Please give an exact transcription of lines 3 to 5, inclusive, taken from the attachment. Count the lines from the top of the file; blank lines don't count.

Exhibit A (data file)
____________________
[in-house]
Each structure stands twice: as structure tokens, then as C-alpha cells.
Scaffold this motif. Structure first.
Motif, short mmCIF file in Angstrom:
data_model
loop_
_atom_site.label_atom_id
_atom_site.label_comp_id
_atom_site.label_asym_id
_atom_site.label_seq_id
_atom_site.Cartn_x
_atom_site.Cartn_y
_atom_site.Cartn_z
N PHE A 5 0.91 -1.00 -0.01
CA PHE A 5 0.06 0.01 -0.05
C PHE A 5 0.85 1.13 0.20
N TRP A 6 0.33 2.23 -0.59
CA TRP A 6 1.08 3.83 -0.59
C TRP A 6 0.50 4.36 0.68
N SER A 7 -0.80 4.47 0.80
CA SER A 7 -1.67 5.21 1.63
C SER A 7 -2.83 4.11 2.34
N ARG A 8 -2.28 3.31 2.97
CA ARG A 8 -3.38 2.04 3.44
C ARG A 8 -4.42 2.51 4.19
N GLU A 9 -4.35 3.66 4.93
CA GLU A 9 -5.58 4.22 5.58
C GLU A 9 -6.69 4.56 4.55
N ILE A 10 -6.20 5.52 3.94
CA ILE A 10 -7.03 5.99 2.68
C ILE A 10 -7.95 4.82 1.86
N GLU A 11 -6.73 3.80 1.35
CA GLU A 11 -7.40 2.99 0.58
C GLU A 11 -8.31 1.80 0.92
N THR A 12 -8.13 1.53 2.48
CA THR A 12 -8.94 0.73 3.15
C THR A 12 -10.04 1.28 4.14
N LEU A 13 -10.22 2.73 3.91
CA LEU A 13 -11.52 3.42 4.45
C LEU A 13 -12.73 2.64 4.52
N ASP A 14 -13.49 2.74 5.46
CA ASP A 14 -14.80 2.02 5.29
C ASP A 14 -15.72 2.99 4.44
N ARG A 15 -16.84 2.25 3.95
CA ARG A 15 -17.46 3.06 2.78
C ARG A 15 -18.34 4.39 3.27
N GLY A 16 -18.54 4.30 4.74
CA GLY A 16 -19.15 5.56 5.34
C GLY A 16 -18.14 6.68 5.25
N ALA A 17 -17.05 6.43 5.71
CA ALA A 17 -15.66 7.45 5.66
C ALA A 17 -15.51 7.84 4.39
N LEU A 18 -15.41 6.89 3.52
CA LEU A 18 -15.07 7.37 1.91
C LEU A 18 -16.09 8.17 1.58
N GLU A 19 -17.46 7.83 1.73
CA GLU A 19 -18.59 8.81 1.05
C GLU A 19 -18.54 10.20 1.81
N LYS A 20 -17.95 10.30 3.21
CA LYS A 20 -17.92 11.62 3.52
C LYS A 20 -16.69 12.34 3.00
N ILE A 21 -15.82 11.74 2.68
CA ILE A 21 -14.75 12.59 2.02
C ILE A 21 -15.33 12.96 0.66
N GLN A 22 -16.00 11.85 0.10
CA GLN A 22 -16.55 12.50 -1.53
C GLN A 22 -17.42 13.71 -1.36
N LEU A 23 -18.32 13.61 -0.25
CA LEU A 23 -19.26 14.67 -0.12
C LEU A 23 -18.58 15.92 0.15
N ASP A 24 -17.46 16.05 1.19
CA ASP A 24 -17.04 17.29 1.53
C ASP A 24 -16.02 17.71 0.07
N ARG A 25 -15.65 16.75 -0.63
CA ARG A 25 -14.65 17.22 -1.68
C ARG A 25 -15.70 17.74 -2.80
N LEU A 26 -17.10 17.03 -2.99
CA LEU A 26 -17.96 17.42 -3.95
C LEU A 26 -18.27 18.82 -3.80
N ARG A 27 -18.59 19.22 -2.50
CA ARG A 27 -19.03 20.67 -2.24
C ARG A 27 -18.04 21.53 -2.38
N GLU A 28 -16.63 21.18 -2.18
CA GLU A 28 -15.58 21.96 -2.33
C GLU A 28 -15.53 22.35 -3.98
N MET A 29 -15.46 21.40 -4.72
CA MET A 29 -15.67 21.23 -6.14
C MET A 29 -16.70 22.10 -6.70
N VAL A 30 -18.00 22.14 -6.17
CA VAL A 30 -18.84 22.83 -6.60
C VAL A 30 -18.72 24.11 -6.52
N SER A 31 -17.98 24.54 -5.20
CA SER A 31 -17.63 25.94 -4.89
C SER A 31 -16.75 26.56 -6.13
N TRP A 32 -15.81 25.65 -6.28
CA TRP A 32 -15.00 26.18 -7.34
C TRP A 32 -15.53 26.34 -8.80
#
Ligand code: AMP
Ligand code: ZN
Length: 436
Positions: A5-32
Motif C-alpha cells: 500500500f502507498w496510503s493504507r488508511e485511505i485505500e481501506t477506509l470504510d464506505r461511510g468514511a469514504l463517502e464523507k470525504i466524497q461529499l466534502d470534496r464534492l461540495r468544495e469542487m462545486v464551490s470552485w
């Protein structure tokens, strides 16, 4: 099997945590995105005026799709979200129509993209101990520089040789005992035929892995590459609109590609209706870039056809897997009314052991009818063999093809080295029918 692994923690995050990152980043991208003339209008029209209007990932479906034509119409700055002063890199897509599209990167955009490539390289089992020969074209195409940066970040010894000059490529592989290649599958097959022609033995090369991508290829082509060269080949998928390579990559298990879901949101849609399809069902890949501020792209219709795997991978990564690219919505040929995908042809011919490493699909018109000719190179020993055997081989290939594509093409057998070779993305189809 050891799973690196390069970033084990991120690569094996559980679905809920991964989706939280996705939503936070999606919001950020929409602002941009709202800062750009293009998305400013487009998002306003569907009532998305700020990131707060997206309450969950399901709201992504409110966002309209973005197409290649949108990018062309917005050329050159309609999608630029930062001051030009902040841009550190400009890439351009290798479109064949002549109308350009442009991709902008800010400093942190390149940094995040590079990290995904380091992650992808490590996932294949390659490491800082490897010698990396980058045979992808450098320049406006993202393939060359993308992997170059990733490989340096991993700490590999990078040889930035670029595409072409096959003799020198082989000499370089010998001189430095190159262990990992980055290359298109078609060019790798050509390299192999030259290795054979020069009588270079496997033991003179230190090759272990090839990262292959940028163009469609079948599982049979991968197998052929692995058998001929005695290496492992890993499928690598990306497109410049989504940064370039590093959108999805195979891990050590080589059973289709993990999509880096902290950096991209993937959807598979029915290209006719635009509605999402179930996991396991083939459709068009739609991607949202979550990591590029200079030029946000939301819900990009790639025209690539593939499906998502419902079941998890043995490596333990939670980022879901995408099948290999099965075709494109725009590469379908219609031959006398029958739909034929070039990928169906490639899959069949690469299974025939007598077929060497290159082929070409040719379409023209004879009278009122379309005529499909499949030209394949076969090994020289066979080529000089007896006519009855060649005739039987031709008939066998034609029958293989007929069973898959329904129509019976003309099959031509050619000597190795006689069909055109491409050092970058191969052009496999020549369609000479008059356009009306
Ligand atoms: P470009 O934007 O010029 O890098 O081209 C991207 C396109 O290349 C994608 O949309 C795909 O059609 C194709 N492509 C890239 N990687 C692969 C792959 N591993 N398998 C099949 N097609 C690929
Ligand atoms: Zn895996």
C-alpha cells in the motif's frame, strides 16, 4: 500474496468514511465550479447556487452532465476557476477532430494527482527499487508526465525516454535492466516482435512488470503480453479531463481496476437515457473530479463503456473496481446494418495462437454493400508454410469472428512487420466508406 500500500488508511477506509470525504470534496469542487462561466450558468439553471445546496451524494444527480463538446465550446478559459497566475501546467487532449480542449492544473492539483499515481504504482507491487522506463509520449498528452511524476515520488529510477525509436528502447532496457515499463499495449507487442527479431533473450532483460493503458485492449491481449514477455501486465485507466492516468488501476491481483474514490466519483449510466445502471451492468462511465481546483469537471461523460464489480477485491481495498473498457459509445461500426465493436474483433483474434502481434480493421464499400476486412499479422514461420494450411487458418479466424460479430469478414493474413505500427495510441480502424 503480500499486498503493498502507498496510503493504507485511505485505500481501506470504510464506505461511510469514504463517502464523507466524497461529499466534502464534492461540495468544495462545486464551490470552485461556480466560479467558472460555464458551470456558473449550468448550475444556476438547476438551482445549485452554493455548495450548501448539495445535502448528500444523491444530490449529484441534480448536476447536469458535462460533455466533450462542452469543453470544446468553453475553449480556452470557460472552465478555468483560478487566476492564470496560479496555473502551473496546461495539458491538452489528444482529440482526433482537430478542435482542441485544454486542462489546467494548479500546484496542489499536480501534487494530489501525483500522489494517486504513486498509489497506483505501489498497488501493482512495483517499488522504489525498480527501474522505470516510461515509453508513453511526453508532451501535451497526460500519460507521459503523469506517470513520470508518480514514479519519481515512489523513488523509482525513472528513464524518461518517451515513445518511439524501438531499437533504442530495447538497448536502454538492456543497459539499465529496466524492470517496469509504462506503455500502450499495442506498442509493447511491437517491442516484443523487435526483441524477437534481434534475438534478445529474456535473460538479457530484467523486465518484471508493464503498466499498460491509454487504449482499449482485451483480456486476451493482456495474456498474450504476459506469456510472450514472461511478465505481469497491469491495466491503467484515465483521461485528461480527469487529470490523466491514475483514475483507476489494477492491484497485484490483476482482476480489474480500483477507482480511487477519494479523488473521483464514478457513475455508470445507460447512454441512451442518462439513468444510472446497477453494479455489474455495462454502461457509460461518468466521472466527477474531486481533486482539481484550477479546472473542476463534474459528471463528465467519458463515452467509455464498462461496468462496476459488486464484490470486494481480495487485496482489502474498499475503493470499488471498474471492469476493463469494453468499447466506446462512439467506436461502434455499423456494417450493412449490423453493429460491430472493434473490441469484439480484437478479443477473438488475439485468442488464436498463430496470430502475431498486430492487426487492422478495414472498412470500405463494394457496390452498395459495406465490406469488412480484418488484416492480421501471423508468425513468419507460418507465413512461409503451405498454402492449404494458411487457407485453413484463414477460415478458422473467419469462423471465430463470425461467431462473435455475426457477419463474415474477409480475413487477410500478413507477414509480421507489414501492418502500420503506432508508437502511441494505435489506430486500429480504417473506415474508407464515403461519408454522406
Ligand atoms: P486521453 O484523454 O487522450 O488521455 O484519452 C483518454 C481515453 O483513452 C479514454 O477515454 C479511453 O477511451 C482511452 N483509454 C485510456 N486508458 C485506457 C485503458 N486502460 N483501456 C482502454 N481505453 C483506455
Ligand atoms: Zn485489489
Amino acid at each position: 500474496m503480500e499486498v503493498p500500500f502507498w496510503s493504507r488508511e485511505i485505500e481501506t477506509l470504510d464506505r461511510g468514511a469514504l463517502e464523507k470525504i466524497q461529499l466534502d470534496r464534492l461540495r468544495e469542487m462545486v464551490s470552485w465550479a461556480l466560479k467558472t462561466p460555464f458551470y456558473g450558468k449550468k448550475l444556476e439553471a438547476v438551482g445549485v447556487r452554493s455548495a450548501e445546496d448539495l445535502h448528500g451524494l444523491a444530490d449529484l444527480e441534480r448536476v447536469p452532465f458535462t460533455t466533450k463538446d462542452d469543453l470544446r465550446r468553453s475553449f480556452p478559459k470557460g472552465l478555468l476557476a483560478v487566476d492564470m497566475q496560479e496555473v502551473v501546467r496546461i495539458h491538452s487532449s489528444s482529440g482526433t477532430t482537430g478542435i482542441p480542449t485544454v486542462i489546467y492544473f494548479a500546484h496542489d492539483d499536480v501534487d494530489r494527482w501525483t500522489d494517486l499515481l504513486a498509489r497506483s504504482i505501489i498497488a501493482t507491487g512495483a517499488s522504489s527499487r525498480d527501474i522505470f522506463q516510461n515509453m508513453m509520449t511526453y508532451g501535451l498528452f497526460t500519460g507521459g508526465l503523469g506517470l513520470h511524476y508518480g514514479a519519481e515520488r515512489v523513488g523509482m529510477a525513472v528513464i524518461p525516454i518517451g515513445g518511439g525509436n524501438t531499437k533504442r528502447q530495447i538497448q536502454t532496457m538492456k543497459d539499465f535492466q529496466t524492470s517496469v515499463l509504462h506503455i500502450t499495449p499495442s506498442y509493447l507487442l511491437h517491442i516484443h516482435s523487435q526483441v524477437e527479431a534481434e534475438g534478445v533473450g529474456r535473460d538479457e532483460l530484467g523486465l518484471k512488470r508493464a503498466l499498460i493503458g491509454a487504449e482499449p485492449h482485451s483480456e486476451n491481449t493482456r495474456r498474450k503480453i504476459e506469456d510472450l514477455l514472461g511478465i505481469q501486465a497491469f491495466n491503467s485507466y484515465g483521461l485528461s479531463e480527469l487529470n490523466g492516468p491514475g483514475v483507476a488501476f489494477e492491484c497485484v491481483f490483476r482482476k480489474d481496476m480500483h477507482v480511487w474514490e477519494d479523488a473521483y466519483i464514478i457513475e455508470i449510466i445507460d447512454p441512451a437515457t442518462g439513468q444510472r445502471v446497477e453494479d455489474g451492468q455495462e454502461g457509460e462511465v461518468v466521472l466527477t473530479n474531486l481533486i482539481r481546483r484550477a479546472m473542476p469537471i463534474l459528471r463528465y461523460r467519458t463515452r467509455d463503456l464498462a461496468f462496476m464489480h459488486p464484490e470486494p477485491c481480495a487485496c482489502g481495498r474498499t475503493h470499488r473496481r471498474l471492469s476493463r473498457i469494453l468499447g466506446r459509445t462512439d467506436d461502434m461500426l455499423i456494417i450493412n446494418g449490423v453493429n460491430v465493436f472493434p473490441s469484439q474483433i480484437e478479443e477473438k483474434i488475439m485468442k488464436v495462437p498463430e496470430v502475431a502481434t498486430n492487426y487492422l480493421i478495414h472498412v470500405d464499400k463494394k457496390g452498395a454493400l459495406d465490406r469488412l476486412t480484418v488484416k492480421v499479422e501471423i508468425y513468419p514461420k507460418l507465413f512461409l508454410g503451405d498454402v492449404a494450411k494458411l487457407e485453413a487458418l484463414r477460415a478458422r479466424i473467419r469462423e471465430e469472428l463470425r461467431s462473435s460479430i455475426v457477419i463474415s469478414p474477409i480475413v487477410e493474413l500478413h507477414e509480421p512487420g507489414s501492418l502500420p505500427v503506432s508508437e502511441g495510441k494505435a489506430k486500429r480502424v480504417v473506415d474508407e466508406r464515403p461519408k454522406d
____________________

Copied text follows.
Scaffold this motif. Structure first.
Motif, short mmCIF file in Angstrom:
data_model